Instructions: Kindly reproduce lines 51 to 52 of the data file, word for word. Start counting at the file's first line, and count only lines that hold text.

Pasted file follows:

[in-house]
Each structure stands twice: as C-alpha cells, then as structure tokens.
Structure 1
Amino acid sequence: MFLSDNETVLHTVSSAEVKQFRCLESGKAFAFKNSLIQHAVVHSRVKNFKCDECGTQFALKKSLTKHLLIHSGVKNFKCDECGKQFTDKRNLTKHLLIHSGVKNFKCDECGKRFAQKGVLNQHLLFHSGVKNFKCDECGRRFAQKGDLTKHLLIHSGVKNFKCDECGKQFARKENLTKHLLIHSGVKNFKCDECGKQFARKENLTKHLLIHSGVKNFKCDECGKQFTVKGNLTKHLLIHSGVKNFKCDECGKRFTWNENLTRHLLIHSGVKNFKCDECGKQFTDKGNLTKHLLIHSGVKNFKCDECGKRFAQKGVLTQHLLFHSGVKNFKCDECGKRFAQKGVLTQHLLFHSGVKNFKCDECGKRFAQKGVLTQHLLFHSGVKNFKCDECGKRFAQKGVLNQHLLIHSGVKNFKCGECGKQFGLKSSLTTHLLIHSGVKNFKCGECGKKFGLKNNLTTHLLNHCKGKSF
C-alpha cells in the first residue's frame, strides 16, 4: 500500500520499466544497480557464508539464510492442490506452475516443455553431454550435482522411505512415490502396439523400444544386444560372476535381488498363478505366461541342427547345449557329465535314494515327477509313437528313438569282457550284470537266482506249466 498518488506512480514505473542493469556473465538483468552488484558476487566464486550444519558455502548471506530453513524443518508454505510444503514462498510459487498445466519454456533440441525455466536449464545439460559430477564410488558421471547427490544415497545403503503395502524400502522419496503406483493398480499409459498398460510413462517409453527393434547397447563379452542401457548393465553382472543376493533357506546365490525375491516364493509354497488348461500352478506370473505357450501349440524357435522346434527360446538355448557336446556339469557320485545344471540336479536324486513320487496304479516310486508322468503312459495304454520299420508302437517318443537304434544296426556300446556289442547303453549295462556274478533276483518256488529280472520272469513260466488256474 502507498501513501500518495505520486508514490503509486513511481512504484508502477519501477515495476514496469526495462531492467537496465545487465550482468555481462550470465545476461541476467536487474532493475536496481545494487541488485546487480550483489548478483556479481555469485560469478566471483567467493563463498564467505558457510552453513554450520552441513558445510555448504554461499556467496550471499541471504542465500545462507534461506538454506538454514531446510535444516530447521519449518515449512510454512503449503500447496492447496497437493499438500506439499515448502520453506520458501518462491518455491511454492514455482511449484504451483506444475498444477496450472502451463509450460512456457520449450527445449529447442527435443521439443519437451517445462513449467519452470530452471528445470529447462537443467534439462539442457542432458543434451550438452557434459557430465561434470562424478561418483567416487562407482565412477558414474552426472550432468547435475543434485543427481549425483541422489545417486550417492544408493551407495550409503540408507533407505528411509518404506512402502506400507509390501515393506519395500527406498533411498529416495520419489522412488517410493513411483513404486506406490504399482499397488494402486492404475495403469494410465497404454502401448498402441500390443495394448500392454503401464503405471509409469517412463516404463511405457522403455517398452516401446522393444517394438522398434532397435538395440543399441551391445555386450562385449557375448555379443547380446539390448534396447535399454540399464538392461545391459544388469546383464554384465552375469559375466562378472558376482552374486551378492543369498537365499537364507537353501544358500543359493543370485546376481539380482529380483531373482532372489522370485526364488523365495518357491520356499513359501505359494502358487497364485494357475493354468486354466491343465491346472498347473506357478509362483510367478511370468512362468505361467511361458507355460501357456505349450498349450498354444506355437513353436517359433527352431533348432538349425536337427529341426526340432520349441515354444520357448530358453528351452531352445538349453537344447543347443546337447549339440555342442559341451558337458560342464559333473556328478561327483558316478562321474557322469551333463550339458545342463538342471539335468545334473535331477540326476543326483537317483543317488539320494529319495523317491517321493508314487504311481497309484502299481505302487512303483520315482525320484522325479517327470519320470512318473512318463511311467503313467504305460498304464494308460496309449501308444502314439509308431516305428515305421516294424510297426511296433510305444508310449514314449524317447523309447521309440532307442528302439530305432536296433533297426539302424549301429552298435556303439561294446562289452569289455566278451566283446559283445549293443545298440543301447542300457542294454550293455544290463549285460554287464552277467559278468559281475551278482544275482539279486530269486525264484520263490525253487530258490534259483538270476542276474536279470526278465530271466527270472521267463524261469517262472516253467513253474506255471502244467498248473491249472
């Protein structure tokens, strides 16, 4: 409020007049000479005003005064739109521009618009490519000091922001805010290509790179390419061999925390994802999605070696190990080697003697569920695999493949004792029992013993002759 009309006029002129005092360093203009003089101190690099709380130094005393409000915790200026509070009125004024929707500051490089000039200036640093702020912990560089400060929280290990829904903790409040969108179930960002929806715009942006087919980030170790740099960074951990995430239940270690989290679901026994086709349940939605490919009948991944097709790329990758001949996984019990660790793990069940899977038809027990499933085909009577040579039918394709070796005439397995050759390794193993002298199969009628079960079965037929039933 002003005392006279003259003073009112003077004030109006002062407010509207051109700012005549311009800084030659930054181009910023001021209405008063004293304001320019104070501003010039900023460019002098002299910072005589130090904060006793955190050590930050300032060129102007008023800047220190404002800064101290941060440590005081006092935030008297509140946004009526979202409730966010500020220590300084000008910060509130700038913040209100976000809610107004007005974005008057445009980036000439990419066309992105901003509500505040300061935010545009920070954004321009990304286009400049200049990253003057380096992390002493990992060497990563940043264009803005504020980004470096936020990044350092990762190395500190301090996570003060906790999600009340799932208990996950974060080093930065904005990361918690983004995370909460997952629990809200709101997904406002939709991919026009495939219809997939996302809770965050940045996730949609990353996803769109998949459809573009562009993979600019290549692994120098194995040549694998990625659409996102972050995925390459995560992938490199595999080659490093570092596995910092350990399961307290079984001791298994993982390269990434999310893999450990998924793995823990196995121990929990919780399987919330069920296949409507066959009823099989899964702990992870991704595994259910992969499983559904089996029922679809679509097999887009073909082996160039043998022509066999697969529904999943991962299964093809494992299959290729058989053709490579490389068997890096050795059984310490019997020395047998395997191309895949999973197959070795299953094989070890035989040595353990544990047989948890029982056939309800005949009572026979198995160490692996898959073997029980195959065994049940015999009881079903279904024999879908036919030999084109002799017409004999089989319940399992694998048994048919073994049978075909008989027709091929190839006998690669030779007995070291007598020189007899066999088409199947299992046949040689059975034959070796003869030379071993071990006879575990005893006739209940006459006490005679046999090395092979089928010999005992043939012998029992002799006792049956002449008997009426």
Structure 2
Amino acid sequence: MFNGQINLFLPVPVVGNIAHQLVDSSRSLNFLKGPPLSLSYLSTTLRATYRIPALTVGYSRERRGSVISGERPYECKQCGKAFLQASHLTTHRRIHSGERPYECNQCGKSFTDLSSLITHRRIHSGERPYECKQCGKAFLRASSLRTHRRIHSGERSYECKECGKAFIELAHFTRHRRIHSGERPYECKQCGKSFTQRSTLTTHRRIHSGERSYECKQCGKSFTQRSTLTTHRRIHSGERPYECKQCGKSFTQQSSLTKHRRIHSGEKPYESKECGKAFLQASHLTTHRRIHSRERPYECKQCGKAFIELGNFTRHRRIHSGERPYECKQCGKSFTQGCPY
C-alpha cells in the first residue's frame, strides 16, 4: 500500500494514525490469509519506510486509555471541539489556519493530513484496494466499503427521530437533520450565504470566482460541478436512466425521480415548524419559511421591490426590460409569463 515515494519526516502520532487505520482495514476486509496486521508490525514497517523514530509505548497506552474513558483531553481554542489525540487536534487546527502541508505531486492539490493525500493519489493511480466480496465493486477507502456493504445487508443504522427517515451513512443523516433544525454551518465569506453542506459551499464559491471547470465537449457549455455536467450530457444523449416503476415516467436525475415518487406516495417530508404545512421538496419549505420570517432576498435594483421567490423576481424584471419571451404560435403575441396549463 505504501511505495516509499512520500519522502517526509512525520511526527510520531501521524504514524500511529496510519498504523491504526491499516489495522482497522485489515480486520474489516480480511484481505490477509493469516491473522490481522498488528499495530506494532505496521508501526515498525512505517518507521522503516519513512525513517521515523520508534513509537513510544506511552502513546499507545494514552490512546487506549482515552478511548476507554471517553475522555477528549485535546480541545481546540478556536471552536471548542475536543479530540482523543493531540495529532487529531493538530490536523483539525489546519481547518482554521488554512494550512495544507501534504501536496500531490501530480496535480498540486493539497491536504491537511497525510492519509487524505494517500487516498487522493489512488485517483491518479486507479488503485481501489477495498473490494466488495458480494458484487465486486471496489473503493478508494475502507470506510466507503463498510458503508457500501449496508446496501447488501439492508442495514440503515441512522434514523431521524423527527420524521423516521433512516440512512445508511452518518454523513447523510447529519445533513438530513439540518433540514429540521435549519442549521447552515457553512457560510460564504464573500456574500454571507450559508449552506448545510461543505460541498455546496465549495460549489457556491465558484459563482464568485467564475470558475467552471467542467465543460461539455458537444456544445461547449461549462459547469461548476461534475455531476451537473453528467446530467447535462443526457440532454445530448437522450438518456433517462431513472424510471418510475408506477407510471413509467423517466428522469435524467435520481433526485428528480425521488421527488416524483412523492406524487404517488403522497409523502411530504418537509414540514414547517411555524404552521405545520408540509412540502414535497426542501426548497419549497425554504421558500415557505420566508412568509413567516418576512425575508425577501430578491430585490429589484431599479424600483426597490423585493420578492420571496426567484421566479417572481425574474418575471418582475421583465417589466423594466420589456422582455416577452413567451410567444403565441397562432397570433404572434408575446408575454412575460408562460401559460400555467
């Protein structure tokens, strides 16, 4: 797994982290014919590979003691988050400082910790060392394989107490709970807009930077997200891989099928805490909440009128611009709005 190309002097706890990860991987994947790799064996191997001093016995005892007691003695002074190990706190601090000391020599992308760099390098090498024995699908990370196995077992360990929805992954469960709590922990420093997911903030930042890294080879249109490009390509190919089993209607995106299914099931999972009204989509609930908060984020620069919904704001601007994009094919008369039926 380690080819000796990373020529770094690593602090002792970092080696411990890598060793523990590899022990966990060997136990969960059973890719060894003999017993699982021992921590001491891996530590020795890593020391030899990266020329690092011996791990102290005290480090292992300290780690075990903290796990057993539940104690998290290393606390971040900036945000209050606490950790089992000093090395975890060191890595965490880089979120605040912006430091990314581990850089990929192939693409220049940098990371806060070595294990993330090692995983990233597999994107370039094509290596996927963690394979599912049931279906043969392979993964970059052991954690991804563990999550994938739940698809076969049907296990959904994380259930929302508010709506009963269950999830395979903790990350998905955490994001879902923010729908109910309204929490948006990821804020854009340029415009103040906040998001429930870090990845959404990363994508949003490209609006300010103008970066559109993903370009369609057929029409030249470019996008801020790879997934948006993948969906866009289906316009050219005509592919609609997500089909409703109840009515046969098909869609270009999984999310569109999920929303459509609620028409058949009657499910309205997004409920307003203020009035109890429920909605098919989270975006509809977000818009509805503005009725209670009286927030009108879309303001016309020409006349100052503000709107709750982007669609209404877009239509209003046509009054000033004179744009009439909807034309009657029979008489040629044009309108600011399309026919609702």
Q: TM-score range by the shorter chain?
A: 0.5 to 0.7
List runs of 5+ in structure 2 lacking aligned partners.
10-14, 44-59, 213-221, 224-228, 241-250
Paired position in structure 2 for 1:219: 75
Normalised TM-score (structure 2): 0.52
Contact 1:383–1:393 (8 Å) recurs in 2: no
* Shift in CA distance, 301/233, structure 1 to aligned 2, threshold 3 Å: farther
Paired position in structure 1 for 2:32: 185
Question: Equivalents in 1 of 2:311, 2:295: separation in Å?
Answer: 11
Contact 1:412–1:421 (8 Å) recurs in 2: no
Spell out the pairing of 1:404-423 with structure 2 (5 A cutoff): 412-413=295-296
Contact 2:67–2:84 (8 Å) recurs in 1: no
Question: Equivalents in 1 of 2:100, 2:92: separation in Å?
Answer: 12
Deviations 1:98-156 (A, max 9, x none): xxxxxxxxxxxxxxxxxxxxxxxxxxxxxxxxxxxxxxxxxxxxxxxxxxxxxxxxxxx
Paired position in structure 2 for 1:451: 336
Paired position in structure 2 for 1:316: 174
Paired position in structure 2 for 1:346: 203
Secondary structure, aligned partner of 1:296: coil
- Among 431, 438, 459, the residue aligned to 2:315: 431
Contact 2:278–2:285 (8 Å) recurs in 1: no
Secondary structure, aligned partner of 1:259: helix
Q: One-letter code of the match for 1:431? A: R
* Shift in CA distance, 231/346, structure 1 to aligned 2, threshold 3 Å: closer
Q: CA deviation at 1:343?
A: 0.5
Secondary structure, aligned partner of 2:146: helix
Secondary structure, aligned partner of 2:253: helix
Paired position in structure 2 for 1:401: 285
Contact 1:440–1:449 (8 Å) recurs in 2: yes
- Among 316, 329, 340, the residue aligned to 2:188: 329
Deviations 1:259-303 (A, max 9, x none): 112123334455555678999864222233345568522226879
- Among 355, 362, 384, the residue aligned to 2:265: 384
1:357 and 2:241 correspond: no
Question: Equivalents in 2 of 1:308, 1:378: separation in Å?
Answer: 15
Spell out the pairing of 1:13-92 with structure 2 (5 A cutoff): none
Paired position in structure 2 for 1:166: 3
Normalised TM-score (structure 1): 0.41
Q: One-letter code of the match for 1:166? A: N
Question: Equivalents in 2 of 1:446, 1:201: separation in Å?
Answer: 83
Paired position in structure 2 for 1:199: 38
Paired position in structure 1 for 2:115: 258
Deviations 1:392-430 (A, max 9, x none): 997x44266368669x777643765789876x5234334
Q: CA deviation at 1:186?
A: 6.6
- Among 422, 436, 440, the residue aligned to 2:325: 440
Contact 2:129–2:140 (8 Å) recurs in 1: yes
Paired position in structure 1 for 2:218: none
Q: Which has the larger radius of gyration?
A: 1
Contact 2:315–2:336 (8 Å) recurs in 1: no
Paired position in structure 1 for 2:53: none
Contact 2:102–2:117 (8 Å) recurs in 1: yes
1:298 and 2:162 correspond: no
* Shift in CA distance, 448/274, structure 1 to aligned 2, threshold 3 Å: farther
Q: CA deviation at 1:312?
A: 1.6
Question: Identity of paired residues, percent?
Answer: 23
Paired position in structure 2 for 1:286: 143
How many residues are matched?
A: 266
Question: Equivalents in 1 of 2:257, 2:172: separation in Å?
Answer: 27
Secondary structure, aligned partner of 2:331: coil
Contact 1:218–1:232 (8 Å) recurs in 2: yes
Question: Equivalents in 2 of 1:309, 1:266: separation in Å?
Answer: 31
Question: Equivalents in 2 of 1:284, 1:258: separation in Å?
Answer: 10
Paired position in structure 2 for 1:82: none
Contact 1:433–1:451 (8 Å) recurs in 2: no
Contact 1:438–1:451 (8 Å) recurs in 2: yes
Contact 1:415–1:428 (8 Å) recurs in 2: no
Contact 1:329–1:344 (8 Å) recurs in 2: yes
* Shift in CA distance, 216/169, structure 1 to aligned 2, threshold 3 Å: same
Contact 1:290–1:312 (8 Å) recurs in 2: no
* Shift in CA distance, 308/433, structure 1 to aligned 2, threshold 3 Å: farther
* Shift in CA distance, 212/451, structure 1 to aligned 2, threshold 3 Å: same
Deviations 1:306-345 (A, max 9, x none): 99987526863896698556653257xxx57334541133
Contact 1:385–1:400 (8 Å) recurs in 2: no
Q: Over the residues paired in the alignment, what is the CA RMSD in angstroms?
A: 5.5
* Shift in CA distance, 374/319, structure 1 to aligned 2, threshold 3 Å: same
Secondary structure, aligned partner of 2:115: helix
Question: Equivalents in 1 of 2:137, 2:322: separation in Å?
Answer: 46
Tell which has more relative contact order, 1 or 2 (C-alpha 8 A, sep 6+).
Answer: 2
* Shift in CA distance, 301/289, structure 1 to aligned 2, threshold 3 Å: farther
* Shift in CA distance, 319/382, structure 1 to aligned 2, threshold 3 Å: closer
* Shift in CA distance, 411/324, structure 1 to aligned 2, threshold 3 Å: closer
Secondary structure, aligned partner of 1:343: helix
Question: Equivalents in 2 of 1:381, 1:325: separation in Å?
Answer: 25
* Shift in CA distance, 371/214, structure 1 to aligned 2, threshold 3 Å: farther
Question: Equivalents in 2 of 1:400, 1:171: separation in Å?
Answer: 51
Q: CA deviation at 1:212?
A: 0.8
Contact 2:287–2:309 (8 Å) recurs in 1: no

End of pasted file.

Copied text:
Normalised TM-score (structure 1): 0.41
Q: One-letter code of the match for 1:166? A: N